Hamas in Lebanon had called on “the brave youth and men (to) join the vanguards of the resistance fighters and participate in the liberation of Jerusalem and the blessed Al-Aqsa Mosque, in affirmation of the role of the Palestinian people, wherever they may be, in resisting the occupation by all available and legitimate means, and in continuation of what the Al-Aqsa flood operation has achieved.”

Gebran Bassil, the leader of the Free Patriotic Movement, said on social media: “We absolutely reject Hamas’ announcement.

“We also consider that any armed action launched from Lebanese territory is an assault on national sovereignty. We recall what the Lebanese agreed upon since 1990 in the Taif Agreement — weapons should be taken away from Palestinians inside and outside of the camps — as well as the agreement upon the cancellation of the Cairo Agreement.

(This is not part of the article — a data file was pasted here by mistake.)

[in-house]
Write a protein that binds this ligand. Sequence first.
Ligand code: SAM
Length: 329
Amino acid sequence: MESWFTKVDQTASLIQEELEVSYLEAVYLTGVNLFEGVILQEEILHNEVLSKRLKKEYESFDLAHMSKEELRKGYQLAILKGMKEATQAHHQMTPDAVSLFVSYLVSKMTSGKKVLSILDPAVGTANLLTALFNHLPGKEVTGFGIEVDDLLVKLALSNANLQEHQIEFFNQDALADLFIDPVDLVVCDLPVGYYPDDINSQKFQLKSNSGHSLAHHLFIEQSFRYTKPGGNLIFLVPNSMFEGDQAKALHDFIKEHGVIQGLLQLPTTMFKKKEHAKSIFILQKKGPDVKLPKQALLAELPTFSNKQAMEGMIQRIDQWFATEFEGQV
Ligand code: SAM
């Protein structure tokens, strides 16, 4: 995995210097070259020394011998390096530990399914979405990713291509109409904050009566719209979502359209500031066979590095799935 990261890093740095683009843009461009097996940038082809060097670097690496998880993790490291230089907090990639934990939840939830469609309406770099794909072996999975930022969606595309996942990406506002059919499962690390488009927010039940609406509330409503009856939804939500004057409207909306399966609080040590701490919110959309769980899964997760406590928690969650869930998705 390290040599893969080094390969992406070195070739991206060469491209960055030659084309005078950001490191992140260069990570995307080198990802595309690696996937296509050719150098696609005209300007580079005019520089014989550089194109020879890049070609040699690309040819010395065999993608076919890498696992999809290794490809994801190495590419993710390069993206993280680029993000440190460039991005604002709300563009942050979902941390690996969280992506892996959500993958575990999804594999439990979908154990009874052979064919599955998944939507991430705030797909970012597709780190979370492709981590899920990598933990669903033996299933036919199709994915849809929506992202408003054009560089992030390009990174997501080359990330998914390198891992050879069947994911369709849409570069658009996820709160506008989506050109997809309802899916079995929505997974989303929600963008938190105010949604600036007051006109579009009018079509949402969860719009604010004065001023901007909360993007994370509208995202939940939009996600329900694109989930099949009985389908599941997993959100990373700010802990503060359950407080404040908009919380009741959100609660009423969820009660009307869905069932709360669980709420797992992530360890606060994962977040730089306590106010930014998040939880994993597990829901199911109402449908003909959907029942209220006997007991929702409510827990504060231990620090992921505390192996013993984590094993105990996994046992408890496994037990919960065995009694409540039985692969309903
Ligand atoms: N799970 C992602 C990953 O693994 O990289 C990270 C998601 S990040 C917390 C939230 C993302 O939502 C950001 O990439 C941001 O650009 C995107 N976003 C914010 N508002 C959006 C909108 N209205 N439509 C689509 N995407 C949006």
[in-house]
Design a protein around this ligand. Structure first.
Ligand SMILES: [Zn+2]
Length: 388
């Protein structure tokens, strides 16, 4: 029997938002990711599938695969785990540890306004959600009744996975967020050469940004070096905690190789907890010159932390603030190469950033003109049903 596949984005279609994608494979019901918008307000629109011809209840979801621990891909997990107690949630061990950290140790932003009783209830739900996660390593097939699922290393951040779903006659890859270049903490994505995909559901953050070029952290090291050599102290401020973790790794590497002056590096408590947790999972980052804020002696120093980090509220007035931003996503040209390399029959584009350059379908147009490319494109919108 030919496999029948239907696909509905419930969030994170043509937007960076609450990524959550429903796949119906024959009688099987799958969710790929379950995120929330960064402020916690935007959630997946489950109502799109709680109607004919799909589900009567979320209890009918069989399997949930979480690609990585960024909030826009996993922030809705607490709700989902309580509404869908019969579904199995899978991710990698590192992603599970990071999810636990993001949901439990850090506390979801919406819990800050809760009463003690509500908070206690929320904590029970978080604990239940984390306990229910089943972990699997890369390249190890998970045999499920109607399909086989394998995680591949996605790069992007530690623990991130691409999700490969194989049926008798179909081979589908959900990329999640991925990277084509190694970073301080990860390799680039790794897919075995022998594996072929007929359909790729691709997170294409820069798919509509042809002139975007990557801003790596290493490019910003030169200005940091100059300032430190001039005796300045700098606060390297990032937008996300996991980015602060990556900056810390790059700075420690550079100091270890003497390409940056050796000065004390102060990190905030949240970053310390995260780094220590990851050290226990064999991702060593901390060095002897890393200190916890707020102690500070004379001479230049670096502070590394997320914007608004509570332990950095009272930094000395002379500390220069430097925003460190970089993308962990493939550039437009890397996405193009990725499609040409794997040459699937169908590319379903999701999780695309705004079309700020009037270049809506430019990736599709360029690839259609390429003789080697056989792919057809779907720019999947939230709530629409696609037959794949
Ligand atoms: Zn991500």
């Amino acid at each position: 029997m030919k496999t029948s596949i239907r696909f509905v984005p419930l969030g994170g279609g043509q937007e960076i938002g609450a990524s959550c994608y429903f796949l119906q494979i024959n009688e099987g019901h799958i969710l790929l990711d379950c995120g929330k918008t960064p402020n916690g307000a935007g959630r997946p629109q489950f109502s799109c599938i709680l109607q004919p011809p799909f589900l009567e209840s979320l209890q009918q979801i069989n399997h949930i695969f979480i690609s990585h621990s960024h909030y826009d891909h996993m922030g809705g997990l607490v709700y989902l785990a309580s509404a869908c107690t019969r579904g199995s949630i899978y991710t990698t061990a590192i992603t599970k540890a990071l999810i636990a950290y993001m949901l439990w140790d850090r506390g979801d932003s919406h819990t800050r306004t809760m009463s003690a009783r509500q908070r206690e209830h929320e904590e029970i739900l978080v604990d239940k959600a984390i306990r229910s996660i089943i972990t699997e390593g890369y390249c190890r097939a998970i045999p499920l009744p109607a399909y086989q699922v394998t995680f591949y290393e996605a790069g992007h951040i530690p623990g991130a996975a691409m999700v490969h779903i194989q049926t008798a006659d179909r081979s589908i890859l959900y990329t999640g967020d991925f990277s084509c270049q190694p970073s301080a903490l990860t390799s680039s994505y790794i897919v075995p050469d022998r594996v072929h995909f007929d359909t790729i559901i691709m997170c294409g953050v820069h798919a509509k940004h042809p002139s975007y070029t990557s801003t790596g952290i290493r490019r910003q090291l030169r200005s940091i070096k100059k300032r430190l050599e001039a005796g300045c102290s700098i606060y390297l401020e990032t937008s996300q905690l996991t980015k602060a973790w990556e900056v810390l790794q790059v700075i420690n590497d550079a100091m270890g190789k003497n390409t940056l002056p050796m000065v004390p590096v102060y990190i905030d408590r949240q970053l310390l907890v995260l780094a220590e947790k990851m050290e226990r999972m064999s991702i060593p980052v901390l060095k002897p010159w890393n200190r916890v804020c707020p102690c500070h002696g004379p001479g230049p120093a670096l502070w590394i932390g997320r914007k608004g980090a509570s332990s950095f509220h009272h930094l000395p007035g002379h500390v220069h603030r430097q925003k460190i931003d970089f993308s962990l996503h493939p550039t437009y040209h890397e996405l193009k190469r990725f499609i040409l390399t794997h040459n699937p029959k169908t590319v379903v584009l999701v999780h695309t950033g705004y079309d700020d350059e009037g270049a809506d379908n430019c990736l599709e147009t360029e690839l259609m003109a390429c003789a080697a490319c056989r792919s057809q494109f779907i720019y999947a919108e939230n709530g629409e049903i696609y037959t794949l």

“History has taught us not to become a bargaining chip in times of war, when we can impose our conditions on the table in times of negotiations.”

Former Lebanese Prime Minister Fouad Siniora was “surprised” by the statement of Hamas in Lebanon, and added: “The mere idea of bringing back Palestinian armed action from Lebanon is unacceptable and rejected.”

Hesham Dibsi, a Palestinian researcher and director at the Tatwir Center for Studies, told Arab News: “The step is an … attempt to popularize the Oct. 7 operation (and) say that the Palestinian refugees in Lebanon’s camps are with Hamas, and this is not true.”

Former Justice Minister Maj. Gen. Ashraf Rifi said: “Establishing the ‘Vanguards of Al-Aqsa Flood’ in Lebanon is a grave mistake.